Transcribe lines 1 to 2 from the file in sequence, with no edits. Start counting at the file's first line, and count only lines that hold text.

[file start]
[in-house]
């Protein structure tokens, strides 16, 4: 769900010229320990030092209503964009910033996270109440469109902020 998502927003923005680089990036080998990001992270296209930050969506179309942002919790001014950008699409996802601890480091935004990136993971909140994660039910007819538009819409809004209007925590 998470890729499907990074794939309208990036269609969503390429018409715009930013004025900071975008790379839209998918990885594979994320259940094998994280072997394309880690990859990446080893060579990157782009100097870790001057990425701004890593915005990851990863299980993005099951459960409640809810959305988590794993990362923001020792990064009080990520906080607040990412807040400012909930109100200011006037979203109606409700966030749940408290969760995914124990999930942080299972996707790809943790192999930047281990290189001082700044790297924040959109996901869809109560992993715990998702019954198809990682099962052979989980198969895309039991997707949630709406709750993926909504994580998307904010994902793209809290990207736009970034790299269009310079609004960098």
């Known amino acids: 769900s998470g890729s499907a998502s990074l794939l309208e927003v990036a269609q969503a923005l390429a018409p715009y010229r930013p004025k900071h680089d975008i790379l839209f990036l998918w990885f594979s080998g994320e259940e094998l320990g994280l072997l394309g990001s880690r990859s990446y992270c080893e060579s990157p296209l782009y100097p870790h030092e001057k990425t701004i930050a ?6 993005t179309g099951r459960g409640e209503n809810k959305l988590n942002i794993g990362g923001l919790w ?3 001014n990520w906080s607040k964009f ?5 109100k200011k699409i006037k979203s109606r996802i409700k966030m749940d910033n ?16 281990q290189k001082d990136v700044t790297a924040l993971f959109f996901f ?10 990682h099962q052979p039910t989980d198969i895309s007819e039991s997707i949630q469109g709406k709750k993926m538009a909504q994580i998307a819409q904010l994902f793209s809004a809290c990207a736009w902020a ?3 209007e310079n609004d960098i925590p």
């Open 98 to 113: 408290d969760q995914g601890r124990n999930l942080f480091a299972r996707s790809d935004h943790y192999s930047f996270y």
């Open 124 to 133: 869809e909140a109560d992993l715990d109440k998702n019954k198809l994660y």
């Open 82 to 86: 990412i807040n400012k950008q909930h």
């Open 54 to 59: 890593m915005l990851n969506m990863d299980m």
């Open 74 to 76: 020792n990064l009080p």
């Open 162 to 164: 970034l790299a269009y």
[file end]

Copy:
[in-house]
């Protein structure tokens, strides 16, 4: 769900010229320990030092209503964009910033996270109440469109902020 998502927003923005680089990036080998990001992270296209930050969506179309942002919790001014950008699409996802601890480091935004990136993971909140994660039910007819538009819409809004209007925590 998470890729499907990074794939309208990036269609969503390429018409715009930013004025900071975008790379839209998918990885594979994320259940094998994280072997394309880690990859990446080893060579990157782009100097870790001057990425701004890593915005990851990863299980993005099951459960409640809810959305988590794993990362923001020792990064009080990520906080607040990412807040400012909930109100200011006037979203109606409700966030749940408290969760995914124990999930942080299972996707790809943790192999930047281990290189001082700044790297924040959109996901869809109560992993715990998702019954198809990682099962052979989980198969895309039991997707949630709406709750993926909504994580998307904010994902793209809290990207736009970034790299269009310079609004960098």